That’s important, says Taha Yasseri, a researcher at the Oxford Internet Institute and the Alan Turing Institute for Data Science, because while we can delegate decision making to machines, we can’t delegate responsibility. “The ultimate responsibility in implementing the decisions made by machines are on us,” he says. “This distinction is important. In practice, whenever the expected accuracy of a human is higher than a machine, it is practically justified to use human judgment to overlook machine decisions.”
Plus, says Chatrath, it gives confidence to users and helps address issues of liability. “Unless we have a strong notion of competency awareness in AI, it won’t become mainstream…. it gives confidence to humans,” he says. “Because ultimately there is a liability element to the whole thing.”
But adding a human to the loop doesn’t solve all problems. What happens if incompetent AI is paired with an equally incompetent human? That’s a challenge, as humans are prone to lean on the decisions spat out by computers rather than their own instincts. “We tend to rely on outsourcing (to machines or other humans) when we feel the responsibility is too heavy for us,” says Yasseri. “There have been reports on mis-policing or mis-judgment in legal systems or decisions on loans and financial support in banking systems that involved outrageous mistakes.”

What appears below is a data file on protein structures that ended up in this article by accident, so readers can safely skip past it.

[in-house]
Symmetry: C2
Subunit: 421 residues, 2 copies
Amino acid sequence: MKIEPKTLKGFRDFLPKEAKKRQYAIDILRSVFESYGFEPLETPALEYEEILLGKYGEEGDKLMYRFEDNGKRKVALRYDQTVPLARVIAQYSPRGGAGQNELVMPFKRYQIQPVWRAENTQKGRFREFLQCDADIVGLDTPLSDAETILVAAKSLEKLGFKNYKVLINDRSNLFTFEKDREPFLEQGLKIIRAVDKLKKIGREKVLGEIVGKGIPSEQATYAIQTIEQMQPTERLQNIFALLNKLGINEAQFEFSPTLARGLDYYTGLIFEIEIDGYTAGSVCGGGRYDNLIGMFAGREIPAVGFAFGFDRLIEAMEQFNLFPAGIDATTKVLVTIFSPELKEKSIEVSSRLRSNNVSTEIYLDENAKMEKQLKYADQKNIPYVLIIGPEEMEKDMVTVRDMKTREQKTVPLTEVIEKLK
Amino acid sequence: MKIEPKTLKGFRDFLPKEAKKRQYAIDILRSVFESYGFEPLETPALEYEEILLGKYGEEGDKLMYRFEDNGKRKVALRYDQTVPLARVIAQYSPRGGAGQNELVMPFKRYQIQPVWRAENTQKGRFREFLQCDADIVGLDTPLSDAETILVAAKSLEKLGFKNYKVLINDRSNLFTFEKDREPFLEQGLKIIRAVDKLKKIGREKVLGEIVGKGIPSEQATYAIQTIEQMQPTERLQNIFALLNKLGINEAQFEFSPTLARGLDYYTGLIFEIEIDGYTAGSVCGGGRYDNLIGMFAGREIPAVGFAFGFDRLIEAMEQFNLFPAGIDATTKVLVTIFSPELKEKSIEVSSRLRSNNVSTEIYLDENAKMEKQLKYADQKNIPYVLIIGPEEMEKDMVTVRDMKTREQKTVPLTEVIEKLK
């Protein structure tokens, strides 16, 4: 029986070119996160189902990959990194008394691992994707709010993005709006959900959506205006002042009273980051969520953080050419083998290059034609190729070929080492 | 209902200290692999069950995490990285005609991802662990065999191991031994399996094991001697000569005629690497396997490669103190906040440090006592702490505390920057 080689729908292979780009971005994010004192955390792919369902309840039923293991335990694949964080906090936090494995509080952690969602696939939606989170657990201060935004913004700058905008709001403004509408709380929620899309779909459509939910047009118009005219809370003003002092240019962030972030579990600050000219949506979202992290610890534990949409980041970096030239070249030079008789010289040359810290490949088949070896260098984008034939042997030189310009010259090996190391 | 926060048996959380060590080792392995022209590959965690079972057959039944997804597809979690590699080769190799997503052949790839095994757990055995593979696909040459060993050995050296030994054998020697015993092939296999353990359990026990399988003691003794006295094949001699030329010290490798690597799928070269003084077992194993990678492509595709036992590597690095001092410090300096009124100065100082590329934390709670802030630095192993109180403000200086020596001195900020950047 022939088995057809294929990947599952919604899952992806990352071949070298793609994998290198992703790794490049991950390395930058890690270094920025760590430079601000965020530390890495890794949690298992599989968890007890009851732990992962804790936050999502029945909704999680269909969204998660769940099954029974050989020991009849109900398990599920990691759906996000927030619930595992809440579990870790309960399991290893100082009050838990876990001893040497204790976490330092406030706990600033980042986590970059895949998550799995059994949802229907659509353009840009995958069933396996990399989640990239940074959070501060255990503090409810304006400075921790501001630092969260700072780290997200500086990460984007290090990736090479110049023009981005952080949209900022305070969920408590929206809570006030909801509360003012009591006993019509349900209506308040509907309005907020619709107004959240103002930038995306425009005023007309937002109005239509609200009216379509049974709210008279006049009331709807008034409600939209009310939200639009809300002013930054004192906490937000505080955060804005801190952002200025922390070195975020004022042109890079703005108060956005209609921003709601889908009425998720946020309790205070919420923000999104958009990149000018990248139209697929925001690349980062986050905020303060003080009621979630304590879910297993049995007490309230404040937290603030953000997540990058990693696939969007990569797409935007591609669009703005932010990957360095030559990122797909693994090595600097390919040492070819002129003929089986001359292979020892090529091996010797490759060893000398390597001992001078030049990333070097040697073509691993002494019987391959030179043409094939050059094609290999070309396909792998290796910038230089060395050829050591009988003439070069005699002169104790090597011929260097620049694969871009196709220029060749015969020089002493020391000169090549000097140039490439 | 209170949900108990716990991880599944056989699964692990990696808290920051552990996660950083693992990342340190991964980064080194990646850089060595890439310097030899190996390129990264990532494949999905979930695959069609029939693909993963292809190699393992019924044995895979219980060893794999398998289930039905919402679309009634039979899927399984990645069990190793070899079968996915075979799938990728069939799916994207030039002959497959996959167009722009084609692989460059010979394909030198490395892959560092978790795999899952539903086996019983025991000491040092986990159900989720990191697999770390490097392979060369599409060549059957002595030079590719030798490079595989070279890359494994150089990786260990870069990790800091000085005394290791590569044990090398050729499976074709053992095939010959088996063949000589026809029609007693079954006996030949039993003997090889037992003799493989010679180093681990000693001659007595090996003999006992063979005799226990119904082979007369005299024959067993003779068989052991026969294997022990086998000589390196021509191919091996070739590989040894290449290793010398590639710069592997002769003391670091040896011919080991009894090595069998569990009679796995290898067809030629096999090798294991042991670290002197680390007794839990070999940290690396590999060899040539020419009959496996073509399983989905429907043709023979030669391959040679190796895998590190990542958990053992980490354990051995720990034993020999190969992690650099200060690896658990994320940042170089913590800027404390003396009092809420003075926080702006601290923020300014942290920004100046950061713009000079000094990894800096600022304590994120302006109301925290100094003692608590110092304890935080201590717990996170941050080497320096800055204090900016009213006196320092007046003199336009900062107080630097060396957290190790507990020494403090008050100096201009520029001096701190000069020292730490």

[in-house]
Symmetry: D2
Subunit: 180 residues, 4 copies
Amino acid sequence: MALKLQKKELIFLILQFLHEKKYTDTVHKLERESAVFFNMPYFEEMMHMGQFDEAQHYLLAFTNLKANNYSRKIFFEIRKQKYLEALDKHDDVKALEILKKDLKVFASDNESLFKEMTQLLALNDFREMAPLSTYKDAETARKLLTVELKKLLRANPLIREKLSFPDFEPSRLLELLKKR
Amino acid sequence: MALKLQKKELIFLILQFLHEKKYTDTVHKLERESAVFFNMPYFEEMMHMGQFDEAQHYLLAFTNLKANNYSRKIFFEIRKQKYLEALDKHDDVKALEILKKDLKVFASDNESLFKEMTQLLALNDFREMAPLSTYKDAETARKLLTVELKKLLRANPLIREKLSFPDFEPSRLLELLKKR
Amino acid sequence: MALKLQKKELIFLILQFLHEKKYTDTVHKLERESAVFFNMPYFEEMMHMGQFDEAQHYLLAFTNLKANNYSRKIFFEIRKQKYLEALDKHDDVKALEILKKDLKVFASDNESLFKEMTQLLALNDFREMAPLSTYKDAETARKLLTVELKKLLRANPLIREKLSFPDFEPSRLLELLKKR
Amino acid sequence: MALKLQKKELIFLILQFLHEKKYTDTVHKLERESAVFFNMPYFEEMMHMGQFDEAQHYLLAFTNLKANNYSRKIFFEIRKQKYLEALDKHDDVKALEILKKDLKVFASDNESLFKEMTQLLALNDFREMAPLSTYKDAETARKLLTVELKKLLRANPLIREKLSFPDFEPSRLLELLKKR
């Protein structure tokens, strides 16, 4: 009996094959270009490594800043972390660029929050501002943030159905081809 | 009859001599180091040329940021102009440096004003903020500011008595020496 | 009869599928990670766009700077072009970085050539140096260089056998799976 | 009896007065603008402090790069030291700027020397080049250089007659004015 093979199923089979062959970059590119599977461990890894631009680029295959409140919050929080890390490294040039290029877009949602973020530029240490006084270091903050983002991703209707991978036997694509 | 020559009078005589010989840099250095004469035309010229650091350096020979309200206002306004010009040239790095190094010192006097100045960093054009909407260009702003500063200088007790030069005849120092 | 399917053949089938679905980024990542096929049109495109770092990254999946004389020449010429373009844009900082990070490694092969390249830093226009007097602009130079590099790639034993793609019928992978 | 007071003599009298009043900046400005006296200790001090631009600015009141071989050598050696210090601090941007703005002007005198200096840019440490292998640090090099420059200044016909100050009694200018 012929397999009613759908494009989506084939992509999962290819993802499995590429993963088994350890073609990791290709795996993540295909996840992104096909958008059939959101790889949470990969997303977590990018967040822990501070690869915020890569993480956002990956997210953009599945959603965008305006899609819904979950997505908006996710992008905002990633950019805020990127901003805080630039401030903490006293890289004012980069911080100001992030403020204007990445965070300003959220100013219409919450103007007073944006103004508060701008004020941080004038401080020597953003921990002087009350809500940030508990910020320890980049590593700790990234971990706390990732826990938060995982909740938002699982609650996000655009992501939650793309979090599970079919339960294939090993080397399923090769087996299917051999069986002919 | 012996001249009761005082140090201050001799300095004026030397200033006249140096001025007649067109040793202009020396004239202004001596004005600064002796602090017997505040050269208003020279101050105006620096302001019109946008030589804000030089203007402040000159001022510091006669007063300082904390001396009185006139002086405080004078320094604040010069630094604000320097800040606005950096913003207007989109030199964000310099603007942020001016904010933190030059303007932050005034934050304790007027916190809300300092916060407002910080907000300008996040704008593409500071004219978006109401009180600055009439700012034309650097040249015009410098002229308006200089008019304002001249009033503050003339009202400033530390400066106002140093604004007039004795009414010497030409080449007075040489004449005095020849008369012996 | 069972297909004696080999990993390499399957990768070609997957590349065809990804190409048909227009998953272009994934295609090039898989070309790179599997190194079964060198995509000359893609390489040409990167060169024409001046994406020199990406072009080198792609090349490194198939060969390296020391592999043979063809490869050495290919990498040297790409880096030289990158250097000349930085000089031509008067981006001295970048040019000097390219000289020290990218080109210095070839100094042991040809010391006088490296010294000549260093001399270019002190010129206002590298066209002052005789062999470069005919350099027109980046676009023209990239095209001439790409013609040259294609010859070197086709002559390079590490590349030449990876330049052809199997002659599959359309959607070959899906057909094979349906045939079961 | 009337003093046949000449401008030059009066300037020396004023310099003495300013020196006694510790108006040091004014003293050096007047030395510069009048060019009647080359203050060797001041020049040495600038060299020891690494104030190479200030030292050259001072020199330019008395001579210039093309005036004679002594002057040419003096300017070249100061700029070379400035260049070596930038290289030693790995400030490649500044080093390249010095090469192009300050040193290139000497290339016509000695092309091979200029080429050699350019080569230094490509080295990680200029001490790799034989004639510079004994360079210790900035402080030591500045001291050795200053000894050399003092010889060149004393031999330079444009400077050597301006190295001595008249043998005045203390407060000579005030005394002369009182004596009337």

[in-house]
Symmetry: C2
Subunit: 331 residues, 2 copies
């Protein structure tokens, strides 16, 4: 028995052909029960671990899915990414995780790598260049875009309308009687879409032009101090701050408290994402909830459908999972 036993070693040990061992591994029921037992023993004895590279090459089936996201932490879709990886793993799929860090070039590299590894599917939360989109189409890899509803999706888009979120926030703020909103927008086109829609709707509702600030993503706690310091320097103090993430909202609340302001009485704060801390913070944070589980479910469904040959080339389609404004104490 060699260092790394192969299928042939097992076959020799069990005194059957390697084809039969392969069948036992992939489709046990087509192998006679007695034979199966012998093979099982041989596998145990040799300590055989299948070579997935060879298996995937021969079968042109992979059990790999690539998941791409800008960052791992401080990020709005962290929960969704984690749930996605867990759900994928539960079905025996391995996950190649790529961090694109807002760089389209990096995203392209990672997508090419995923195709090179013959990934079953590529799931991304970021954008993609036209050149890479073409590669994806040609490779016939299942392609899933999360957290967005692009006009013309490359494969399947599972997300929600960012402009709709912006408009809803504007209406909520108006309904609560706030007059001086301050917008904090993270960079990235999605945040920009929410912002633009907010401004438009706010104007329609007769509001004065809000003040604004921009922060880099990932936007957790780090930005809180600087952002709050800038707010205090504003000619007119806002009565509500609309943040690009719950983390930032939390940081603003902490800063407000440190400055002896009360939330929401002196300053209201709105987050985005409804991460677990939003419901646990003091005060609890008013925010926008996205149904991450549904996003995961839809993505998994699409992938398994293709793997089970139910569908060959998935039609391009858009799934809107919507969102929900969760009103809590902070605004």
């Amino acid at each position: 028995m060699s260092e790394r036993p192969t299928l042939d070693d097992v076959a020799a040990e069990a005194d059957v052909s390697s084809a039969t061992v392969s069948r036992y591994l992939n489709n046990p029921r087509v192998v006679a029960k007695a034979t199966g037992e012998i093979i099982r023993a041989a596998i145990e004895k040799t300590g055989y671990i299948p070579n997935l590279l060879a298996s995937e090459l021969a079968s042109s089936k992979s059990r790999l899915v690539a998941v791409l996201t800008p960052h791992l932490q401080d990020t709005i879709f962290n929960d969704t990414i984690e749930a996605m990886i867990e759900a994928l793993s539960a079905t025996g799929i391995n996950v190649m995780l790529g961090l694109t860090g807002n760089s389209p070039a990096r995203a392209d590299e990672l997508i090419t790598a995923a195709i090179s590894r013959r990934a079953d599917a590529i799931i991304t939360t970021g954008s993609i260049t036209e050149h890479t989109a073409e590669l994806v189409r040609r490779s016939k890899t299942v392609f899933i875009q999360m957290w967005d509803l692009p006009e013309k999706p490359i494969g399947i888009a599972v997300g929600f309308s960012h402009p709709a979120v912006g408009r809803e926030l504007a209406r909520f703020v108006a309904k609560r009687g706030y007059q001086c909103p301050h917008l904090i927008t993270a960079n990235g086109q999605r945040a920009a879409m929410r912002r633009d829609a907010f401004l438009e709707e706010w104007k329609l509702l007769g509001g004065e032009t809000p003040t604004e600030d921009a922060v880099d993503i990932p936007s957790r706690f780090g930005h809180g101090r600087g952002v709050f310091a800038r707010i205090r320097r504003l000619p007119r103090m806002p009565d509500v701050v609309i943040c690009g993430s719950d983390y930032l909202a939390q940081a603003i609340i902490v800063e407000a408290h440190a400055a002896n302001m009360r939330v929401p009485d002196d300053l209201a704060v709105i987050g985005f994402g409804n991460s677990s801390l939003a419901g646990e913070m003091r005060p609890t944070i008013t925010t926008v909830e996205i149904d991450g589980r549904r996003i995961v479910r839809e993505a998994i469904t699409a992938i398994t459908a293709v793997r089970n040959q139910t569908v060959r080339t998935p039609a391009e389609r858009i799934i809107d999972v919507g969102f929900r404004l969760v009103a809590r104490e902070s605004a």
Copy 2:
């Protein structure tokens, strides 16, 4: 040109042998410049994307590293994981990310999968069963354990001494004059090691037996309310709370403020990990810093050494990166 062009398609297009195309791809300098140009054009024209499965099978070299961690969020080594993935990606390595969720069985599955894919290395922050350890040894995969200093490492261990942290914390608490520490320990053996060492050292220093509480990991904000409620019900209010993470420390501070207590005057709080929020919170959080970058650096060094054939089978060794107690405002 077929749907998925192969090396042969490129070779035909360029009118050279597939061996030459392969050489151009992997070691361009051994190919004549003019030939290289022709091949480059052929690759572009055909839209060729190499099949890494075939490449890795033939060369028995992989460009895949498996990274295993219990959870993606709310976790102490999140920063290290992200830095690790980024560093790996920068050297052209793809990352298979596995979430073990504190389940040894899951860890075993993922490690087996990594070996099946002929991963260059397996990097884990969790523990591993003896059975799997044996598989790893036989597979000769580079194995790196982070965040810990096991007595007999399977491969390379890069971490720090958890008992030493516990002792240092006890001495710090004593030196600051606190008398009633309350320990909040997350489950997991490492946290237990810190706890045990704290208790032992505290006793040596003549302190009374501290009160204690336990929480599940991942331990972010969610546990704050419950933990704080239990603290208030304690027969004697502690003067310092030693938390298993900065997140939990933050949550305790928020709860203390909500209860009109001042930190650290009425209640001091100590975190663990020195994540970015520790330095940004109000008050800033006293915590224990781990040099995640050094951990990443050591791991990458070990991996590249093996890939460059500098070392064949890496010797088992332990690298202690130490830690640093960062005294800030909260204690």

Plus, humans working with or accountable for AI need to fully understand the systems they’re working with. “We need to understand what’s going on in the black box,” says Sandra Watcher, also a researcher at Oxford Internet Institute and the Alan Turing Institute for Data Science. “Even if there’s a human in the loop that has oversight, how valuable is the human if they don’t understand what’s going on?” That doesn’t require being able to unpick the code behind an algorithm, but understanding what data point impacted a result in a certain way.
There’s a growing movement to make AI explainable, so we can pick apart its decisions in case of bias or error. That’s helpful for ensuring accountability – if we know how facial recognition spotted someone, we can better understand if and why it might be incorrect in its identification – but Chatrath notes that businesses demand correct decisions now, not after the fact. Understanding why your AI-driven fund manager lost money is less useful than preventing bad buys in the first place. “Explainable AI is not enough, you have to have trusted AI – and for that to happen, you need to have human decision making in the loop,” he says.
Watcher argues that humans won’t simply be overseeing AI, helping out a system when it admits it’s incompetent. Instead, such systems and humans will work in tandem, helping each other with their blind spots. “It might be that a human doesn’t catch something, but the algorithm does, or the other way around,” she says. “I think having the idea that a human always has to overrule or an algorithm always has to overrule is not the right strategy. It really has to be focusing on what the human is good at and what the algorithm is good at, and combining those two things together. And that will actually make decision making better, more fair and more transparent.” And perhaps then we can replace that annoying coworker who doesn’t know when he’s an idiot with a machine that does.